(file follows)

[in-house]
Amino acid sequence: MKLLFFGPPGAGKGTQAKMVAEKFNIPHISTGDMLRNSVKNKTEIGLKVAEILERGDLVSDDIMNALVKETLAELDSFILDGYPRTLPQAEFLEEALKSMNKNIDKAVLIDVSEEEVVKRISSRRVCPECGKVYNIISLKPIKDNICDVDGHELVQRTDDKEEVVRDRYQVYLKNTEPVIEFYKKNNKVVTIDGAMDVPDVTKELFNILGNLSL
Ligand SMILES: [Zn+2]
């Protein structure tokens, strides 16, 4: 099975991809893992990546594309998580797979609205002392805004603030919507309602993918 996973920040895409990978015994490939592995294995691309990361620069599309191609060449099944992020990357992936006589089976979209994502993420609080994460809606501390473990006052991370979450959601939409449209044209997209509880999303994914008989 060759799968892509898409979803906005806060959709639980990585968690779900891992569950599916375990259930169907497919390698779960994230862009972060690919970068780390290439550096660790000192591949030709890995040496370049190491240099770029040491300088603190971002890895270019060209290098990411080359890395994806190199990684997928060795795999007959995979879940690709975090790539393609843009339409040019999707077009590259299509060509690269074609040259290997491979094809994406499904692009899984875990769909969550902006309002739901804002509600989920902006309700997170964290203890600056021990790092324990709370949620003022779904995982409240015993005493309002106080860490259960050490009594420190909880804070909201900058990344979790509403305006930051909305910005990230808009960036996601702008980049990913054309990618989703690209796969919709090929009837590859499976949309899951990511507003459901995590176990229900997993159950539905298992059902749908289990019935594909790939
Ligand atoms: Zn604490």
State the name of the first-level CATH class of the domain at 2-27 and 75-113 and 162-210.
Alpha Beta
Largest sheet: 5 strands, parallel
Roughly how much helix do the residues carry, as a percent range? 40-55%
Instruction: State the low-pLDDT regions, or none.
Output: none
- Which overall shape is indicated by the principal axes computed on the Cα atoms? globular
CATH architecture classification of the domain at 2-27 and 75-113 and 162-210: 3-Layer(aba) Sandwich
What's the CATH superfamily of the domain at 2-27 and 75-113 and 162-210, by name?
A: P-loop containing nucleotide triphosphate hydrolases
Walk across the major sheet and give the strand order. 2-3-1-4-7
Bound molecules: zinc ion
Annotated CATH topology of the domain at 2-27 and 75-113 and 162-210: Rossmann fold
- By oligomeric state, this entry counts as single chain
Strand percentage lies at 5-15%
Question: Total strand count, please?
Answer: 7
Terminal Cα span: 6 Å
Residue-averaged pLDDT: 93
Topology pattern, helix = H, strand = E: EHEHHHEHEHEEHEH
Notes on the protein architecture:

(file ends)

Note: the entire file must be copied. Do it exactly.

[in-house]
Amino acid sequence: MKLLFFGPPGAGKGTQAKMVAEKFNIPHISTGDMLRNSVKNKTEIGLKVAEILERGDLVSDDIMNALVKETLAELDSFILDGYPRTLPQAEFLEEALKSMNKNIDKAVLIDVSEEEVVKRISSRRVCPECGKVYNIISLKPIKDNICDVDGHELVQRTDDKEEVVRDRYQVYLKNTEPVIEFYKKNNKVVTIDGAMDVPDVTKELFNILGNLSL
Ligand SMILES: [Zn+2]
């Protein structure tokens, strides 16, 4: 099975991809893992990546594309998580797979609205002392805004603030919507309602993918 996973920040895409990978015994490939592995294995691309990361620069599309191609060449099944992020990357992936006589089976979209994502993420609080994460809606501390473990006052991370979450959601939409449209044209997209509880999303994914008989 060759799968892509898409979803906005806060959709639980990585968690779900891992569950599916375990259930169907497919390698779960994230862009972060690919970068780390290439550096660790000192591949030709890995040496370049190491240099770029040491300088603190971002890895270019060209290098990411080359890395994806190199990684997928060795795999007959995979879940690709975090790539393609843009339409040019999707077009590259299509060509690269074609040259290997491979094809994406499904692009899984875990769909969550902006309002739901804002509600989920902006309700997170964290203890600056021990790092324990709370949620003022779904995982409240015993005493309002106080860490259960050490009594420190909880804070909201900058990344979790509403305006930051909305910005990230808009960036996601702008980049990913054309990618989703690209796969919709090929009837590859499976949309899951990511507003459901995590176990229900997993159950539905298992059902749908289990019935594909790939
Ligand atoms: Zn604490």
State the name of the first-level CATH class of the domain at 2-27 and 75-113 and 162-210.
Alpha Beta
Largest sheet: 5 strands, parallel
Roughly how much helix do the residues carry, as a percent range? 40-55%
Instruction: State the low-pLDDT regions, or none.
Output: none
- Which overall shape is indicated by the principal axes computed on the Cα atoms? globular
CATH architecture classification of the domain at 2-27 and 75-113 and 162-210: 3-Layer(aba) Sandwich
What's the CATH superfamily of the domain at 2-27 and 75-113 and 162-210, by name?
A: P-loop containing nucleotide triphosphate hydrolases
Walk across the major sheet and give the strand order. 2-3-1-4-7
Bound molecules: zinc ion
Annotated CATH topology of the domain at 2-27 and 75-113 and 162-210: Rossmann fold
- By oligomeric state, this entry counts as single chain
Strand percentage lies at 5-15%
Question: Total strand count, please?
Answer: 7
Terminal Cα span: 6 Å
Residue-averaged pLDDT: 93
Topology pattern, helix = H, strand = E: EHEHHHEHEHEEHEH
Notes on the protein architecture: